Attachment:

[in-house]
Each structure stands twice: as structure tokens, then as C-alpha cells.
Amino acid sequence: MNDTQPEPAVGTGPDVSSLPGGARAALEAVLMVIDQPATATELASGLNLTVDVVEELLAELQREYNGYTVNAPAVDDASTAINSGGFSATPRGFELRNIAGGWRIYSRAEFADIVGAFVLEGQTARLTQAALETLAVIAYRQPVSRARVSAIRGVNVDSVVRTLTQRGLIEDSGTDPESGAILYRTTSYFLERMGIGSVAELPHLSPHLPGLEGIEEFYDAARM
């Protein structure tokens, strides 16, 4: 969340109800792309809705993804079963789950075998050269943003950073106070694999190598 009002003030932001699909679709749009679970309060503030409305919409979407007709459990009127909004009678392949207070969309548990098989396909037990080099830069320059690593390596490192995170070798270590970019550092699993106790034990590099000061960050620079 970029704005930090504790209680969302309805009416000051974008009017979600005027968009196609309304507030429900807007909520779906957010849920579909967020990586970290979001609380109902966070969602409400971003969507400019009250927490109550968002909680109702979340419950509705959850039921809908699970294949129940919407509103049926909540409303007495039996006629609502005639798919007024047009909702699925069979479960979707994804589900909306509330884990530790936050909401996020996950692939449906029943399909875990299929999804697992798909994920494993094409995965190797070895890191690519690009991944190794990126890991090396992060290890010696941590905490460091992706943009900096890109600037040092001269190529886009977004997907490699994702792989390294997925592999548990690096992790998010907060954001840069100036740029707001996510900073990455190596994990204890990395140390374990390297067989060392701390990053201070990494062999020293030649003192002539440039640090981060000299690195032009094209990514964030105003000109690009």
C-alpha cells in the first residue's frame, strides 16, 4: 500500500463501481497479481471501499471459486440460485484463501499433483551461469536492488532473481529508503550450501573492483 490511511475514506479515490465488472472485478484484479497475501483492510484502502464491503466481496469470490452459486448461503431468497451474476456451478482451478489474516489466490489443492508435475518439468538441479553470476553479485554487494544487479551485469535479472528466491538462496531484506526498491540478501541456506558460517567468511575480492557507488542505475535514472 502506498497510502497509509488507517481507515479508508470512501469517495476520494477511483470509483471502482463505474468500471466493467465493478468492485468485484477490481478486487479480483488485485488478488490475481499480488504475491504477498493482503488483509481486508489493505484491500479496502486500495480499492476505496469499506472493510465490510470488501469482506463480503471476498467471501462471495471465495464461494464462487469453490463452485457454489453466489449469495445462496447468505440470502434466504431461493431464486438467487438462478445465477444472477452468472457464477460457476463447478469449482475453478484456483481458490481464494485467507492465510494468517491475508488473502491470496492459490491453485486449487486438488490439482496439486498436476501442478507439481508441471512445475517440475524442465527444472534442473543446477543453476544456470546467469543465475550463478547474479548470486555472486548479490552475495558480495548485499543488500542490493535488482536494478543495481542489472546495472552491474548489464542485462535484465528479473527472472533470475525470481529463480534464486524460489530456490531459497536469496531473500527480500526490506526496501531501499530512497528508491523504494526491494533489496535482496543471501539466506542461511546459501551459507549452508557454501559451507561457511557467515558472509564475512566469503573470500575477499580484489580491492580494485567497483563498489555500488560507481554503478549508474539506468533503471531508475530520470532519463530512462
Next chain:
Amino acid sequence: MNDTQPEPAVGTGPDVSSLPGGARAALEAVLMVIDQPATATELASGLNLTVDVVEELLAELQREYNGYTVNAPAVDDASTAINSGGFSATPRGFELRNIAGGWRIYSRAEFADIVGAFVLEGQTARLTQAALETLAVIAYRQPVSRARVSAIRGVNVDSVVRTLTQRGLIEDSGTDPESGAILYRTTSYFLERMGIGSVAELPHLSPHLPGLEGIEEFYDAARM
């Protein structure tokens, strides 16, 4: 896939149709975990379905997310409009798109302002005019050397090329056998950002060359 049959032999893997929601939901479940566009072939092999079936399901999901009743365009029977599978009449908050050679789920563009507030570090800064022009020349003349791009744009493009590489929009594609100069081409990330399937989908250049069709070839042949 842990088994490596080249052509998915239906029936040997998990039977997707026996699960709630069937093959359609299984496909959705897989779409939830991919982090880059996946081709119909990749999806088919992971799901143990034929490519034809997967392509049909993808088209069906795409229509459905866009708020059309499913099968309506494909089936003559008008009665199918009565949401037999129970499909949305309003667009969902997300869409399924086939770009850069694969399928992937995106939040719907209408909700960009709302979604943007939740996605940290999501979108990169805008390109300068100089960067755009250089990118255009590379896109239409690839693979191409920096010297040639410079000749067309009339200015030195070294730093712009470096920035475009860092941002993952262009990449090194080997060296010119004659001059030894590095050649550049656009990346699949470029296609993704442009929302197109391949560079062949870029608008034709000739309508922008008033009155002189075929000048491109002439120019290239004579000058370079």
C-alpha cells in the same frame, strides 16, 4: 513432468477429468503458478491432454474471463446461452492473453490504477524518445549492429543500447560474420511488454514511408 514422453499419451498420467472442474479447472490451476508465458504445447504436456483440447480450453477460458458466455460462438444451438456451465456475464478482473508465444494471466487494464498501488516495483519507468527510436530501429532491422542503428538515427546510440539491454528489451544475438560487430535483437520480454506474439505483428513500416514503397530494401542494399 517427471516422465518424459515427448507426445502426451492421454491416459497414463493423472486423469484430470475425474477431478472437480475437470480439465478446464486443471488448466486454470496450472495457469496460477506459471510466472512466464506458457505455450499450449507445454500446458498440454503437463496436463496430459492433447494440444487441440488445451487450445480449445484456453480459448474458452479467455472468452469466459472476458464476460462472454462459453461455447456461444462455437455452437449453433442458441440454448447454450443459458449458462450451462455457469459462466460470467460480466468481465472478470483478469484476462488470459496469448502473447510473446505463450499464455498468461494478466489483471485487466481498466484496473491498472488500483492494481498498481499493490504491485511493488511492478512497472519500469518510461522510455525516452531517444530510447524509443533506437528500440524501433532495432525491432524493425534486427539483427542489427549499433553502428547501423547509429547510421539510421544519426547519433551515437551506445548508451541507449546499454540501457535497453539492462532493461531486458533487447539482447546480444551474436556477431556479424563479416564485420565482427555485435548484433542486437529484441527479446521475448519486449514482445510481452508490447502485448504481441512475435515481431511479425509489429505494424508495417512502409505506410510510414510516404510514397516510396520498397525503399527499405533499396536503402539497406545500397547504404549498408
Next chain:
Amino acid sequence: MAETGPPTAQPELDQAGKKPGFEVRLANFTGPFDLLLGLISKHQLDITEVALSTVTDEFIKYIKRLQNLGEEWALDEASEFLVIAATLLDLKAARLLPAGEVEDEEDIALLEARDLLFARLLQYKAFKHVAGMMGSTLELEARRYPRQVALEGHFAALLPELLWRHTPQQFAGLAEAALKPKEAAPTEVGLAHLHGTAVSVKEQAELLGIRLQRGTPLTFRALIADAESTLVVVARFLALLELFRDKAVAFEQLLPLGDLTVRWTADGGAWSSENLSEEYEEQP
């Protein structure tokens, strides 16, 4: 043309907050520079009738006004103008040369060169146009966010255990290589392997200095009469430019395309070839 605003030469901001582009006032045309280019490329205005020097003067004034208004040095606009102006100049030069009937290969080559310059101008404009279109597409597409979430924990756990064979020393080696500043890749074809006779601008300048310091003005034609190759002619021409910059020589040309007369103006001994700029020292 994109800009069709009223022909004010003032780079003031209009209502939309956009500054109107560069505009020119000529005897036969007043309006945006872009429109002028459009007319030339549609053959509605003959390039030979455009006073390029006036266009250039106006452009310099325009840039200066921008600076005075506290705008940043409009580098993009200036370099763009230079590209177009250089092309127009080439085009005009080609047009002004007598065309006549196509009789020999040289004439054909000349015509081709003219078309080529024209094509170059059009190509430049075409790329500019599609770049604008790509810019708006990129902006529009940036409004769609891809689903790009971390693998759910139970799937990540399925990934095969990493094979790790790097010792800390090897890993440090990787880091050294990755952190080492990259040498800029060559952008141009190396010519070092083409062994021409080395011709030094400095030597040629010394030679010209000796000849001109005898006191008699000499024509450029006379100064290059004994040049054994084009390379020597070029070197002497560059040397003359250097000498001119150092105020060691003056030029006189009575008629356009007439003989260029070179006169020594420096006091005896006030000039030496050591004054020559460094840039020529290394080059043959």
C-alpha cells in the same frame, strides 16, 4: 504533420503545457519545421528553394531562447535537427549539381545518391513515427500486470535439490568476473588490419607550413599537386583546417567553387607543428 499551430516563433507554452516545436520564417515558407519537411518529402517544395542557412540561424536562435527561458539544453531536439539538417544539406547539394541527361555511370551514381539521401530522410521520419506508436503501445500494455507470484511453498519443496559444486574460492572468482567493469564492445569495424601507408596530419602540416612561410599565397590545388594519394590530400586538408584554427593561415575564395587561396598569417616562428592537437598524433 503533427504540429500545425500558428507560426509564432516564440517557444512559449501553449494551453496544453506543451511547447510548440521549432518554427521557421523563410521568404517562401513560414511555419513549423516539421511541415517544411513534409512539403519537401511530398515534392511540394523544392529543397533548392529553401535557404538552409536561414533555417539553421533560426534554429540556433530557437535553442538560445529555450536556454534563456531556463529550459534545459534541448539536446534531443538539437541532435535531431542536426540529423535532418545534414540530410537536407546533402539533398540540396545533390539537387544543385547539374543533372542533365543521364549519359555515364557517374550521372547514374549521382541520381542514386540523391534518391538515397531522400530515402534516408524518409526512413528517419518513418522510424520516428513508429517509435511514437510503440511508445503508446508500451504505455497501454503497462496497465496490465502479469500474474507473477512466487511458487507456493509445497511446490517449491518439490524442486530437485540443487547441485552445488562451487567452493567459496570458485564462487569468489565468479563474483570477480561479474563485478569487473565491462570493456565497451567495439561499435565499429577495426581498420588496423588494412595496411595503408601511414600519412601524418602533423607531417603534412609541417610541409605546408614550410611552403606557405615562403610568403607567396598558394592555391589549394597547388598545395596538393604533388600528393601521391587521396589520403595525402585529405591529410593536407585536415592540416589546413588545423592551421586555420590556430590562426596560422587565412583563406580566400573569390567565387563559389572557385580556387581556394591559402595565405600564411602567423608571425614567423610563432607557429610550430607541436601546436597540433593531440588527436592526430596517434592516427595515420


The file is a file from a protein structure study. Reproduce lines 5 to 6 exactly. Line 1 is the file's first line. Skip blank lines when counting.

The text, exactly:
C-alpha cells in the first residue's frame, strides 16, 4: 500500500463501481497479481471501499471459486440460485484463501499433483551461469536492488532473481529508503550450501573492483 490511511475514506479515490465488472472485478484484479497475501483492510484502502464491503466481496469470490452459486448461503431468497451474476456451478482451478489474516489466490489443492508435475518439468538441479553470476553479485554487494544487479551485469535479472528466491538462496531484506526498491540478501541456506558460517567468511575480492557507488542505475535514472 502506498497510502497509509488507517481507515479508508470512501469517495476520494477511483470509483471502482463505474468500471466493467465493478468492485468485484477490481478486487479480483488485485488478488490475481499480488504475491504477498493482503488483509481486508489493505484491500479496502486500495480499492476505496469499506472493510465490510470488501469482506463480503471476498467471501462471495471465495464461494464462487469453490463452485457454489453466489449469495445462496447468505440470502434466504431461493431464486438467487438462478445465477444472477452468472457464477460457476463447478469449482475453478484456483481458490481464494485467507492465510494468517491475508488473502491470496492459490491453485486449487486438488490439482496439486498436476501442478507439481508441471512445475517440475524442465527444472534442473543446477543453476544456470546467469543465475550463478547474479548470486555472486548479490552475495558480495548485499543488500542490493535488482536494478543495481542489472546495472552491474548489464542485462535484465528479473527472472533470475525470481529463480534464486524460489530456490531459497536469496531473500527480500526490506526496501531501499530512497528508491523504494526491494533489496535482496543471501539466506542461511546459501551459507549452508557454501559451507561457511557467515558472509564475512566469503573470500575477499580484489580491492580494485567497483563498489555500488560507481554503478549508474539506468533503471531508475530520470532519463530512462
Next chain: